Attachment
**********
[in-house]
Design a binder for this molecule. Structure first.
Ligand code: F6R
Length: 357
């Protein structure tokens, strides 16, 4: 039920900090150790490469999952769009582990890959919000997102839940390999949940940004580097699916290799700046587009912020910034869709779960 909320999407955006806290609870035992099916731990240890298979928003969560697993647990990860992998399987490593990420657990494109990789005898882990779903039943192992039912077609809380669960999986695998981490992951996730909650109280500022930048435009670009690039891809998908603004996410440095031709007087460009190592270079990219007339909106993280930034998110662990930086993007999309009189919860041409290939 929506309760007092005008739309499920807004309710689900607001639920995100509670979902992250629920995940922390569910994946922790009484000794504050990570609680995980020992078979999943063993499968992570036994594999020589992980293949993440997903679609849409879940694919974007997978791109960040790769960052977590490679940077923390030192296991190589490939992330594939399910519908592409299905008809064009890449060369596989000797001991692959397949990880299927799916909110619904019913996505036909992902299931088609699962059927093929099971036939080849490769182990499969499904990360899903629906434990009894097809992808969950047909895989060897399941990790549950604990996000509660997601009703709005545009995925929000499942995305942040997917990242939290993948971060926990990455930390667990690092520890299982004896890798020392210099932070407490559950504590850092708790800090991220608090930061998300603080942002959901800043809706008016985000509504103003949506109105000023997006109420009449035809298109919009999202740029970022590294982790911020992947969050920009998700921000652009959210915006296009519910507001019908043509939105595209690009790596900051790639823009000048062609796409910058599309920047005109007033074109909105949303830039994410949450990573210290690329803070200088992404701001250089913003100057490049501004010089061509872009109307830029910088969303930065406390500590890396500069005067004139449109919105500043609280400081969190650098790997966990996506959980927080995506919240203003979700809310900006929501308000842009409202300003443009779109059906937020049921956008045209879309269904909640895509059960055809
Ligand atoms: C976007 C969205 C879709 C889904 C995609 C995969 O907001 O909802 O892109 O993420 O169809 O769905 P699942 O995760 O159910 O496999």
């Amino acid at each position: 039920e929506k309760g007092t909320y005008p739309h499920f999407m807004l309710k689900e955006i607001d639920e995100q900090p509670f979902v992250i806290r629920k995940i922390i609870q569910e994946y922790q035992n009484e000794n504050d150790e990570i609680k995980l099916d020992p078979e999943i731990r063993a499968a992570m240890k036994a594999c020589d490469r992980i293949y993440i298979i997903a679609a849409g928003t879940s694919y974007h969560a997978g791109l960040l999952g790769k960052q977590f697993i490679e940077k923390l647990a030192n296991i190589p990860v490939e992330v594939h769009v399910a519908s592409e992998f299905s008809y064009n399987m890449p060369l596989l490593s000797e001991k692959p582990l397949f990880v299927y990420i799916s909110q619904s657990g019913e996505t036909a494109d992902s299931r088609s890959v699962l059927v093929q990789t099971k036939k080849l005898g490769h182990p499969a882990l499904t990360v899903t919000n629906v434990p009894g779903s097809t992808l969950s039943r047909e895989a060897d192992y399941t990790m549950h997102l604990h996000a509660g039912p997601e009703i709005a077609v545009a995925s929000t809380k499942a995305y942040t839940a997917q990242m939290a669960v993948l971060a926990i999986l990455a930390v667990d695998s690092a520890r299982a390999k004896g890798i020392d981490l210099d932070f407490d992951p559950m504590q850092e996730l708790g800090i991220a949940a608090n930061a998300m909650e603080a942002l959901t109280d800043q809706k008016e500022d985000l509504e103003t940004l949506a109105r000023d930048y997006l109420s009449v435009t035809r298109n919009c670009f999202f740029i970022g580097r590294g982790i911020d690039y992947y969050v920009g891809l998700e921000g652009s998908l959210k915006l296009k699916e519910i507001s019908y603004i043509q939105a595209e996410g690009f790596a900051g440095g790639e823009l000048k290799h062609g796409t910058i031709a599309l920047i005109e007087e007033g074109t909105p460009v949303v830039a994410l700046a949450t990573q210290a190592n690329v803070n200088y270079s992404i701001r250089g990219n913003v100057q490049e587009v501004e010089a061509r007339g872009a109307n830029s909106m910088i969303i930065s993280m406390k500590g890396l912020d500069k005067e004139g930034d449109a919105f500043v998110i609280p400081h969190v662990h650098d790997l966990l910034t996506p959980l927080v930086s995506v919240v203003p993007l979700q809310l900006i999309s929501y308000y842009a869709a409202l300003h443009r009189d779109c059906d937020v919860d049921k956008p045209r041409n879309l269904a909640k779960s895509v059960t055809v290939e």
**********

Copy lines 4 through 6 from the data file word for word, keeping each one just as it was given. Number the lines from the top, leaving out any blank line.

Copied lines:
Length: 357
């Protein structure tokens, strides 16, 4: 039920900090150790490469999952769009582990890959919000997102839940390999949940940004580097699916290799700046587009912020910034869709779960 909320999407955006806290609870035992099916731990240890298979928003969560697993647990990860992998399987490593990420657990494109990789005898882990779903039943192992039912077609809380669960999986695998981490992951996730909650109280500022930048435009670009690039891809998908603004996410440095031709007087460009190592270079990219007339909106993280930034998110662990930086993007999309009189919860041409290939 929506309760007092005008739309499920807004309710689900607001639920995100509670979902992250629920995940922390569910994946922790009484000794504050990570609680995980020992078979999943063993499968992570036994594999020589992980293949993440997903679609849409879940694919974007997978791109960040790769960052977590490679940077923390030192296991190589490939992330594939399910519908592409299905008809064009890449060369596989000797001991692959397949990880299927799916909110619904019913996505036909992902299931088609699962059927093929099971036939080849490769182990499969499904990360899903629906434990009894097809992808969950047909895989060897399941990790549950604990996000509660997601009703709005545009995925929000499942995305942040997917990242939290993948971060926990990455930390667990690092520890299982004896890798020392210099932070407490559950504590850092708790800090991220608090930061998300603080942002959901800043809706008016985000509504103003949506109105000023997006109420009449035809298109919009999202740029970022590294982790911020992947969050920009998700921000652009959210915006296009519910507001019908043509939105595209690009790596900051790639823009000048062609796409910058599309920047005109007033074109909105949303830039994410949450990573210290690329803070200088992404701001250089913003100057490049501004010089061509872009109307830029910088969303930065406390500590890396500069005067004139449109919105500043609280400081969190650098790997966990996506959980927080995506919240203003979700809310900006929501308000842009409202300003443009779109059906937020049921956008045209879309269904909640895509059960055809
Ligand atoms: C976007 C969205 C879709 C889904 C995609 C995969 O907001 O909802 O892109 O993420 O169809 O769905 P699942 O995760 O159910 O496999």